Barry and Susan announced to the city of Corpus Christi via the evening news they were sailing from Texas to South Africa. They held a going away party on the dock with TV reporters and everything. We weren’t invited. The next day, I read about it in the paper: Local Anesthesiologist to Sail to South Africa. Holy smokes, I thought. That’s about 9,000 miles. Or, on a boat their size, 75 days of nonstop sailing. I asked Captain Ray what he thought. “They’ll never get there”, he said. He was right. A few days later Barry and Susan departed the dock and disappeared over the horizon. We thought that was the end. It wasn’t. A couple of months later, Cindy and I saw their boat in another marina where we happened to be visiting some friends. We asked our friends the story. It goes like this: Barry and Susan set sail from Texas to South Africa. They got about 100 miles off the Texas shore. Susan told Barry to turn around. She wanted a divorce. They turned around and made it back to our friend’s marina where they had some issues docking the boat. The boat never moved again. They never sailed back to Corpus Christi. But, they did stay married.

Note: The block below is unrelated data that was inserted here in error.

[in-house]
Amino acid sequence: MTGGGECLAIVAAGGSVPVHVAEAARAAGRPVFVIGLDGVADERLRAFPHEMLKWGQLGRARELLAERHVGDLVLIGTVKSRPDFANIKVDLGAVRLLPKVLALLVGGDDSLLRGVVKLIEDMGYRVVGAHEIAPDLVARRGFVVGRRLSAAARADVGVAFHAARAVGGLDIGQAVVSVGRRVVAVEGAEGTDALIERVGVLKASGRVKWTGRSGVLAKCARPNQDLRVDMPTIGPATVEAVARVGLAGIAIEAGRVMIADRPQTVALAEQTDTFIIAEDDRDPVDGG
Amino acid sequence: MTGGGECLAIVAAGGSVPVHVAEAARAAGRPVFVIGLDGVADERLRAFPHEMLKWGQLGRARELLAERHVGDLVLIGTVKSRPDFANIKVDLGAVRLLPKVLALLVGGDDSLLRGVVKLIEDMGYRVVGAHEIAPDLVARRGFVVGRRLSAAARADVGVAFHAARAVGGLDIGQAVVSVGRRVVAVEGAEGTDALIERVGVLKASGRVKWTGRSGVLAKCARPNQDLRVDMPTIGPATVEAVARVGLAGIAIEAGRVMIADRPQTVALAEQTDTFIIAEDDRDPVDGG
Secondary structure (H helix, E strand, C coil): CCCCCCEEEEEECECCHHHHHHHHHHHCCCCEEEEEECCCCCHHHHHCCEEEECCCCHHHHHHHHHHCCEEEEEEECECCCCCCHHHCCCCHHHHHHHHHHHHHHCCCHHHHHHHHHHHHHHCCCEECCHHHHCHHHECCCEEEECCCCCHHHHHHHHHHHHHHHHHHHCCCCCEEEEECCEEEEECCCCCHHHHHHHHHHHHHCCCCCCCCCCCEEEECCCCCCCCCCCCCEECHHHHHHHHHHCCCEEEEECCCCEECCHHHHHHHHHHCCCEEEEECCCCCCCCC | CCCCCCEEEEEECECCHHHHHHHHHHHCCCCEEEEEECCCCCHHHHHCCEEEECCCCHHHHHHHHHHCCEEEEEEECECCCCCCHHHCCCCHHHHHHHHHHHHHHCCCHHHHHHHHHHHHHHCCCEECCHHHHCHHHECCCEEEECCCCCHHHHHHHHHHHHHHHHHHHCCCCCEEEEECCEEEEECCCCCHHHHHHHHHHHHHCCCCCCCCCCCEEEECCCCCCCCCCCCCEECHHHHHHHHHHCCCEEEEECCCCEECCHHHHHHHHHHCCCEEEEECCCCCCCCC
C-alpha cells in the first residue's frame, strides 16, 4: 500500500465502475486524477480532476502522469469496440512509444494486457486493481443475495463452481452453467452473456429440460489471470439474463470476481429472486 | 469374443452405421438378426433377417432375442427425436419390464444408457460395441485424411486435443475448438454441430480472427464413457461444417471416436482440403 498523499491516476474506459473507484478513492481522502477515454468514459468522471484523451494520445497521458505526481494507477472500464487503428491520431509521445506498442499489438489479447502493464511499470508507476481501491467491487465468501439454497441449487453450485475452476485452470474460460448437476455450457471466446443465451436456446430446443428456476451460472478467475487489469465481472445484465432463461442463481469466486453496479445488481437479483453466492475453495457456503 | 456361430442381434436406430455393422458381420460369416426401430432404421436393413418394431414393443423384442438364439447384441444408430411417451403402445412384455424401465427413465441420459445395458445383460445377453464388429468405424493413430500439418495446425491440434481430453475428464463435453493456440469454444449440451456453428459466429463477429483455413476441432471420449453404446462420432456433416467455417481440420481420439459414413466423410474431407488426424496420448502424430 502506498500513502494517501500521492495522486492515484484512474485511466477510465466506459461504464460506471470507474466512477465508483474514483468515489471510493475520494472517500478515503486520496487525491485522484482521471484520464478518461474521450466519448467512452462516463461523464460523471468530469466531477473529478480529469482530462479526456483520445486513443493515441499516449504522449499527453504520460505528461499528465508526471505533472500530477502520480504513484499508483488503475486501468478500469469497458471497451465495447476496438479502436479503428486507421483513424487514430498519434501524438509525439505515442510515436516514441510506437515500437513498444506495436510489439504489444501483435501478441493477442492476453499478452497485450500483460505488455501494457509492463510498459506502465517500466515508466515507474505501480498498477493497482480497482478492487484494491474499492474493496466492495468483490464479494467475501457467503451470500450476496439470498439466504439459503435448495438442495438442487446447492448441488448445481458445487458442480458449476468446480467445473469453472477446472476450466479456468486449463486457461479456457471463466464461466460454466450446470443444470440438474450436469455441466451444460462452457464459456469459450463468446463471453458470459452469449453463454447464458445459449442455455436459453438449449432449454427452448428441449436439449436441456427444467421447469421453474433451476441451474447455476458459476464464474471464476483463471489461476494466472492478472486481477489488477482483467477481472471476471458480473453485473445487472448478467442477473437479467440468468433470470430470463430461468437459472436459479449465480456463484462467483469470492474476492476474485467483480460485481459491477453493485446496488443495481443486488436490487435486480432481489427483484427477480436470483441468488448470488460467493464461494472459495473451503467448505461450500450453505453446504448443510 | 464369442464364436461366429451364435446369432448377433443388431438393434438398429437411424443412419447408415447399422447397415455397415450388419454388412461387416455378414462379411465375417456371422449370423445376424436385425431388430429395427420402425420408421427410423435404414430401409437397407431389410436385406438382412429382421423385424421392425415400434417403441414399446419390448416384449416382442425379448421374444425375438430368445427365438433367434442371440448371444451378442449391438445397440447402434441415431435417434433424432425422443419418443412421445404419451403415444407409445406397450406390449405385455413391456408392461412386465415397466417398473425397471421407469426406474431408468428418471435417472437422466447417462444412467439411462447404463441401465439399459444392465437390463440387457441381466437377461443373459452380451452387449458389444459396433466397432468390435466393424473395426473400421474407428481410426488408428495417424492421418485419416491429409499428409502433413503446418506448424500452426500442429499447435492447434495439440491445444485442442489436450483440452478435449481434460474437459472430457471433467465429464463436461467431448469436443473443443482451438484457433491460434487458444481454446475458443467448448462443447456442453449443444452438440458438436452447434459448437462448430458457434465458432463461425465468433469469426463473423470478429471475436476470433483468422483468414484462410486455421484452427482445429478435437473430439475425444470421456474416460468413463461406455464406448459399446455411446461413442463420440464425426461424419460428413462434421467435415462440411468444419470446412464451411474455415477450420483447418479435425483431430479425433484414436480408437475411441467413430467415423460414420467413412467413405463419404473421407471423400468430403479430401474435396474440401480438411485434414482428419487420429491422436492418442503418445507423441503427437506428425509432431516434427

What made me think of this story? We went to a circus museum. As I toured the museum, it talked about the circus and the acts. I couldn’t help but think of Captain Ray, Barry and Susan. And, circus acts!
The museum we toured was the John Ringling house, one of the Ringling Brothers. He and his wife Mable built a house in Sarasota back when nobody else lived there. In his later years, he built an art museum on the grounds to house his collection. In later years buildings were added and house circus artifacts. If you are in the area, it is well worth the visit. Believe it or not, it will take most of the day to go through all the buildings.
After note: Captain Ray also taught me about compass jacks. One day when I was working hard to repair something on Water-Melon, he yelled down from his deck, “Do you need to borrow a compass jack?” I had no idea what a compass jack was. I often borrowed tools from the Celica S so I assumed he was talking about a special tool. “What is a compass jack”, I asked. He flashed me a big grin, “It is a special tool used to jack up the compass. When the compass is jacked up you can change the boat out underneath for a new one. Then you can lower the compass back down”. He laughed and shuffled back inside.